Q. Did you see John Millward that Day?
Q. Was he under Arms when you saw him?
A. Not to my Knowledge.
Q. Did you consider him as one of the Mutineers?
A. It is impossible to say, he was not under Arms.
Q. Was he one of those People who awed you to go into the Boat?
Q. You say you saw Joseph Coleman looking over the Stern, did you consider him as one of the Mutineers?
Q. You saw Michael Byrn in the Cutter; did you consider him as one of the Mutineers ?
Q. In the former part of your Evidence you have said, that you were put into the Boat by the Centinel-Do you know who that Centinel was ?
Q. Was there a Continel on the Gangway as you went over the Ship's side ?
A. There was, but I can't say what his Name was, and he must have been under Arms at the same time.
Q. I cannot be upon Oath, whether he was under Arms or not. In what Situation was Byrn in the Cutter when you saw him ?
A. To the best of my knowledge, he was standing in the Cutter. I don't remember whether he was about anything or not.
Q. Did he seem to be in sorrow?
A. He did.
Q. Did you see Norman when he looked over the Stern as you have before described call out to any Person in the Boat?
A. I do not recollect.
Q. What are your reasons for believing that Coleman, Norman, McIntosh, and Byrn were averse to the Mutiny?
A. I often heard Captain Bligh mention it in the Launch.
Q. But what was your own Observation?
A. That when they were upon the Stern they appeared to wish to come into the Boat, what slight sight I had of them-I was busy about moving the Things in the Boat that I do not recollect only Coleman calling to me.
Q. In the former part of your Evidence in Conversation with Mr. Nelson, the Botanist, he said to you that you knew whose fault it was, or Words to that effect-do you apprehend that Mr. Nelson alluded to any of the Prisoners?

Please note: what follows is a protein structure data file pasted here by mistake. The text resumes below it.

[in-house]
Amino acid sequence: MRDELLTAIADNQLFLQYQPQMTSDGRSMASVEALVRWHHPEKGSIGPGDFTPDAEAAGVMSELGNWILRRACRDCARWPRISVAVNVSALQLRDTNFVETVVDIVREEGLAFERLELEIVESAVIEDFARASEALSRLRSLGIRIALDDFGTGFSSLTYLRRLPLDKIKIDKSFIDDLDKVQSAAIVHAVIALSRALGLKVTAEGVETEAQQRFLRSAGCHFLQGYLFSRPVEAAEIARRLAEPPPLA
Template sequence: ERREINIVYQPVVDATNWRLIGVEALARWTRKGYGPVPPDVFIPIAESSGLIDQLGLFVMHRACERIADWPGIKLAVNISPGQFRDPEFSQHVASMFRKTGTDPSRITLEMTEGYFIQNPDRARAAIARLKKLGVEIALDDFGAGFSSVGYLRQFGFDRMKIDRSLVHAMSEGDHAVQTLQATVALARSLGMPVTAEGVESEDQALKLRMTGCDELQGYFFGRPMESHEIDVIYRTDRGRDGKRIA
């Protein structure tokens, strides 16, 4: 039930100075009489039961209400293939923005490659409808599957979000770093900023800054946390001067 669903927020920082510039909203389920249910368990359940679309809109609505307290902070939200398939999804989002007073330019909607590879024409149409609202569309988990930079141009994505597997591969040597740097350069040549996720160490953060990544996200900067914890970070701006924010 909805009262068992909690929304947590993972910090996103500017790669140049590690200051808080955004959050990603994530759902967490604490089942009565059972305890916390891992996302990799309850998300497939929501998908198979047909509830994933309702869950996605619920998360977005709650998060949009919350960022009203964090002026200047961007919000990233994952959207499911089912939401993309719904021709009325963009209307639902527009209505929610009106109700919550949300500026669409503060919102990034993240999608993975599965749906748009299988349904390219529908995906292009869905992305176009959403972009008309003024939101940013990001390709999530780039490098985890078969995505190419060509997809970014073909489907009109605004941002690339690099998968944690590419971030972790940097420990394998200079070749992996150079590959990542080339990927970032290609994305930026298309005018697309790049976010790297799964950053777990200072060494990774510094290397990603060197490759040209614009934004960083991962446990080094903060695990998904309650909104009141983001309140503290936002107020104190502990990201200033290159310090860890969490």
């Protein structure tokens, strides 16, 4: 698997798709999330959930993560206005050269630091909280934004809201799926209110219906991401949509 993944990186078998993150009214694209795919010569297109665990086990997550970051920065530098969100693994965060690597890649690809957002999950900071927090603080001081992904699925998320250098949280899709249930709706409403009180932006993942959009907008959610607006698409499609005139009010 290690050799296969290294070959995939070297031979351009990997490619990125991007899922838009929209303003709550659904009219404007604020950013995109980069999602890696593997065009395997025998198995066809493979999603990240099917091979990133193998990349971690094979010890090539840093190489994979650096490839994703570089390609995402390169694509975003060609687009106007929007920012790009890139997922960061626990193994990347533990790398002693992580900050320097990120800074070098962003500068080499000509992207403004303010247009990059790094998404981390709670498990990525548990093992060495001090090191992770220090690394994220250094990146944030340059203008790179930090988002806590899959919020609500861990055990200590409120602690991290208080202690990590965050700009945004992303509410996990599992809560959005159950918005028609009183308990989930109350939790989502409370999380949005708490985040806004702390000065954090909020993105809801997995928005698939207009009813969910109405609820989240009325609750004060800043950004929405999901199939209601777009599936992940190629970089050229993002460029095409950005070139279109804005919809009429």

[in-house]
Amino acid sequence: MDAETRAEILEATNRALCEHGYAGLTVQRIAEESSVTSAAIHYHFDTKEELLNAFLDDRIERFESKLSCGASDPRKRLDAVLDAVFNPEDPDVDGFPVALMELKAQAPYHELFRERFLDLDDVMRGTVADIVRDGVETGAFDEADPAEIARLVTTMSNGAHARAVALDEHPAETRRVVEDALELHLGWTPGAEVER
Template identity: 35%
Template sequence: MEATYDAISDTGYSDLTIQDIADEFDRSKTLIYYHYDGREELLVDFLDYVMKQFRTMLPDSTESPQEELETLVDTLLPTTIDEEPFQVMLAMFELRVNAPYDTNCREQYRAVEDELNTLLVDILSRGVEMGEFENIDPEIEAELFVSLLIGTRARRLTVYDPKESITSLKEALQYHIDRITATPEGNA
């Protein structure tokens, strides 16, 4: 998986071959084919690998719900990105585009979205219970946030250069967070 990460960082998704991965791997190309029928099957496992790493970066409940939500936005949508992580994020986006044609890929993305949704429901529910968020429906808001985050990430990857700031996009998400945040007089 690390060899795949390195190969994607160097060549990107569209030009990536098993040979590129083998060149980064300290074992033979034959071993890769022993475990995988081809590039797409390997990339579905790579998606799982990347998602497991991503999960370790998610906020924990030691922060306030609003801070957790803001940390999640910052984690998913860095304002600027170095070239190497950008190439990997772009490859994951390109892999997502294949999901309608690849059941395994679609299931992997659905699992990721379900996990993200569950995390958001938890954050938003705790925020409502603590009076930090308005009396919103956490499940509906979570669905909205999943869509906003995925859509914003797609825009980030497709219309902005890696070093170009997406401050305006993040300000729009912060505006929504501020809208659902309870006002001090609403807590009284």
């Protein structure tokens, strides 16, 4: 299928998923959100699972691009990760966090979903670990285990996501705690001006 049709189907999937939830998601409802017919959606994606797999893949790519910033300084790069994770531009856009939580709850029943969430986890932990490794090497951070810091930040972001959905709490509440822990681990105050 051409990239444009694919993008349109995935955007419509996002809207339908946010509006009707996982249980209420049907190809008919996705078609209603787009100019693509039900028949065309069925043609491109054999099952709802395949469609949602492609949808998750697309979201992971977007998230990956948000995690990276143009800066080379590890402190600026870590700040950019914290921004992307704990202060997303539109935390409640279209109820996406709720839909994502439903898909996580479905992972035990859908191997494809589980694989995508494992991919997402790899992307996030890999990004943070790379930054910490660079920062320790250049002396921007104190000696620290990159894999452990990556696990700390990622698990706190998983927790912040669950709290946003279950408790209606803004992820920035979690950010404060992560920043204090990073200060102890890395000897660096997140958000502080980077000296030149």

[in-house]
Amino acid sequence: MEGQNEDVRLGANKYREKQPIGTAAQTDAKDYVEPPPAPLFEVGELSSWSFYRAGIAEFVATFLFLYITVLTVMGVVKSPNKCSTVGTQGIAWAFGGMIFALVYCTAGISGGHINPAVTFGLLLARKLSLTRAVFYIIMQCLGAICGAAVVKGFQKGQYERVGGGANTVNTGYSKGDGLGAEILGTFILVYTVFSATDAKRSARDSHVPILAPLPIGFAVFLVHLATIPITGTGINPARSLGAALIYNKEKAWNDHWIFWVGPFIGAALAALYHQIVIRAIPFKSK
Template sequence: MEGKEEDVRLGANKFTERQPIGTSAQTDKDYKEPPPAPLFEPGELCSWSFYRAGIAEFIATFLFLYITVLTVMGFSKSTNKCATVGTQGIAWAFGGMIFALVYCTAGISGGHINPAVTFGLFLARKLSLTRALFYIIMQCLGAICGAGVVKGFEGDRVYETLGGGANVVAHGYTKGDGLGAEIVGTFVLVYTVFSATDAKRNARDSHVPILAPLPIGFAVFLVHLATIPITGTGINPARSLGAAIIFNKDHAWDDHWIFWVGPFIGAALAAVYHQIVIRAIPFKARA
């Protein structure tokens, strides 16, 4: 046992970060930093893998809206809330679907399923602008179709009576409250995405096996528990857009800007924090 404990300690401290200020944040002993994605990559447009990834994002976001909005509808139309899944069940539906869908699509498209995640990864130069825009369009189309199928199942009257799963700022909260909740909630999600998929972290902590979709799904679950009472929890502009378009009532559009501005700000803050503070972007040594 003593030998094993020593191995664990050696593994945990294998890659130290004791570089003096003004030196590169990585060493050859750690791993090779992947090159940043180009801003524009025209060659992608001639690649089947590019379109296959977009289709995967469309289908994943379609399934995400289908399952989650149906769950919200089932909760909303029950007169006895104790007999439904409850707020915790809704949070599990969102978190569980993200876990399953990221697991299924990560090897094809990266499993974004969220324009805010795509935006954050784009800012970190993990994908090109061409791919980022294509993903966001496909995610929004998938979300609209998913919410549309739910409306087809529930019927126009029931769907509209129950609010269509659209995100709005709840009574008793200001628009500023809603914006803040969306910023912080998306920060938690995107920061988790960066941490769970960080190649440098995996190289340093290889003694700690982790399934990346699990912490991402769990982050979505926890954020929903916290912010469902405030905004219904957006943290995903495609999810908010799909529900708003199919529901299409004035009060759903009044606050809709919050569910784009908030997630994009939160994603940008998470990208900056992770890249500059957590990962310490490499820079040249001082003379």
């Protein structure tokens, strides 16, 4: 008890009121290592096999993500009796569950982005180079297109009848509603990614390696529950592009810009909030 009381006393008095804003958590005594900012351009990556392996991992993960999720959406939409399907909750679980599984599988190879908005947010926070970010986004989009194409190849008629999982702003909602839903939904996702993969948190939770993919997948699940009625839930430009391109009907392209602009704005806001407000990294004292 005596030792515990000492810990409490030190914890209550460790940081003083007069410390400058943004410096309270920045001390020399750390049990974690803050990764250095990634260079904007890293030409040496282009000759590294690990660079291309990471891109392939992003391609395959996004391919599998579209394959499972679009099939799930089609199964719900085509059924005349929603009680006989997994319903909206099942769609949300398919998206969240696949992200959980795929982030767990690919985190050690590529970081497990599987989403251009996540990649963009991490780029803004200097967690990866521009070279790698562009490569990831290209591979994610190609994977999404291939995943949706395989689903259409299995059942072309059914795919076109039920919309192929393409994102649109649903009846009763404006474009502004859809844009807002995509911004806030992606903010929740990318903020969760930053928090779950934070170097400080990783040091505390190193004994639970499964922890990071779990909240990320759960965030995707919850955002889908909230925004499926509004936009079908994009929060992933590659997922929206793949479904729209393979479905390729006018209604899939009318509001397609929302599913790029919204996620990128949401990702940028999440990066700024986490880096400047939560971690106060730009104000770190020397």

A. No-it is impossible to judge what he meant.
Q. Do you know whether any of the thirty nine People, who you say were not of the Mutiny or under Arms, attempted to relieve Captain Bligh?
Q. Or if they attempted to accompany him into the Boat?
A. I also understood, Joseph Coleman, McIntosh, and Norman, that they wished to come into the Boat; this is only what I heard Captain Bligh say.
Q. Those Men who remained in the Ship, did you believe them to be of Mr. Christian's Party, except Coleman, Norman, McIntosh, and Byrn?
A. We had every reason to suppose so.
Q. Do you know whether Burkitt had the Watch upon Deck, on the Morning of the Mutiny?
A. Yes, he had.
Q. Was Muspratt one of the Watch on that Morning?
A. I believe he was not in a Watch, he was in a Galley.
Q. Was it Ellison's Watch upon Deck?
A. I believe it was; I can't say, he was not in my Watch.
Q. Had Norman that Watch?
A. I believe he was; he was not in mine.
Q. Had Coleman and Byrn that Watch?
A. I am not certain. Byrn was, I think.
Q. Where was Millward at the time you saw him?
A. Looking over the Stern.
Q. In what Watch did Mr. Heywood, the Prisoner, do his Duty?
A. In the first Watch, with Mr. Fryer.
Cross-examined by JAMES MORRISON-
Q. Do you recollect when you was in that Boat astern of the Ship, that I did hand over the Cutlasses and five or six and twenty Pieces of Pork, two large Gourds of Water, and a ball of Spunyarn to sling the Mast alongside the Boat?
Q. Did you ever observe anything in my Conduct that would lead you to think I was concerned in the Mutiny?
Cross-examined by THOMAS BURKITT-
Q. Did you see me when you came upon Deck offer to force you or anybody else into the Boat, or use any bad Expressions or make Game of anyone Person in the Boat?
A. No further than standjng there with a Musquet and Bayonet fixed.
Q. Did ever my Conduct during the Voyage and during the five Months that I was with you as a Centinel at Otaheite before that Morning give you reason to suspect that I was a ringleader in the Mutiny?
A. Not in the least.
By the COURT-
Q. Who were Mr. Christian's Messmates?
Mr. Elphinstone, Mr. Young, Mr. Hallet and Mr. Ledward, the Surgeon's Mate, and Robert Tinkler.
Q. When he relieved you at 4 o'Clock in the Morning, did you observe anything particular in his Conduct, or in his Manner?
Q. Were there any Centinels usually placed on board the " Bounty" in any part of the Ship at Sea?